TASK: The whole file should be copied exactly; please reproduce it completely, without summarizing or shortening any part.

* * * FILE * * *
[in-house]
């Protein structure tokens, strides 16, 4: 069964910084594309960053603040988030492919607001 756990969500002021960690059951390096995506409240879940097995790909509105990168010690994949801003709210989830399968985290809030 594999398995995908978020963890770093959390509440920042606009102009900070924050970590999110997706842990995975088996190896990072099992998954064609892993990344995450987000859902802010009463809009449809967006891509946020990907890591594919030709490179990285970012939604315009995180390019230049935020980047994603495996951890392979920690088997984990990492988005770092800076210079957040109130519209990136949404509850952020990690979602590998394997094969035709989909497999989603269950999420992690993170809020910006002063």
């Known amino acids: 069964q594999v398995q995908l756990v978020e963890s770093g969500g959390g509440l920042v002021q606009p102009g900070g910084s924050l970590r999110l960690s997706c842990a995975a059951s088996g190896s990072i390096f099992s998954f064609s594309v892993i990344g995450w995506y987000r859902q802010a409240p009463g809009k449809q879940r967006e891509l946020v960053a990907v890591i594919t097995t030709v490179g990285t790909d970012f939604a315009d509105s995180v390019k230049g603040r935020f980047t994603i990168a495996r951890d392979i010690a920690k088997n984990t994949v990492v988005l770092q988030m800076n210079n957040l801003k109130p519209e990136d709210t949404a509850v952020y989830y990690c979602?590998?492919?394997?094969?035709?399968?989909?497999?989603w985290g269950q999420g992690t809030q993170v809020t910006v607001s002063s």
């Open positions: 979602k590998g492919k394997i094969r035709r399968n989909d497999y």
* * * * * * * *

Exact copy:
[in-house]
């Protein structure tokens, strides 16, 4: 069964910084594309960053603040988030492919607001 756990969500002021960690059951390096995506409240879940097995790909509105990168010690994949801003709210989830399968985290809030 594999398995995908978020963890770093959390509440920042606009102009900070924050970590999110997706842990995975088996190896990072099992998954064609892993990344995450987000859902802010009463809009449809967006891509946020990907890591594919030709490179990285970012939604315009995180390019230049935020980047994603495996951890392979920690088997984990990492988005770092800076210079957040109130519209990136949404509850952020990690979602590998394997094969035709989909497999989603269950999420992690993170809020910006002063």
């Known amino acids: 069964q594999v398995q995908l756990v978020e963890s770093g969500g959390g509440l920042v002021q606009p102009g900070g910084s924050l970590r999110l960690s997706c842990a995975a059951s088996g190896s990072i390096f099992s998954f064609s594309v892993i990344g995450w995506y987000r859902q802010a409240p009463g809009k449809q879940r967006e891509l946020v960053a990907v890591i594919t097995t030709v490179g990285t790909d970012f939604a315009d509105s995180v390019k230049g603040r935020f980047t994603i990168a495996r951890d392979i010690a920690k088997n984990t994949v990492v988005l770092q988030m800076n210079n957040l801003k109130p519209e990136d709210t949404a509850v952020y989830y990690c979602?590998?492919?394997?094969?035709?399968?989909?497999?989603w985290g269950q999420g992690t809030q993170v809020t910006v607001s002063s």
């Open positions: 979602k590998g492919k394997i094969r035709r399968n989909d497999y």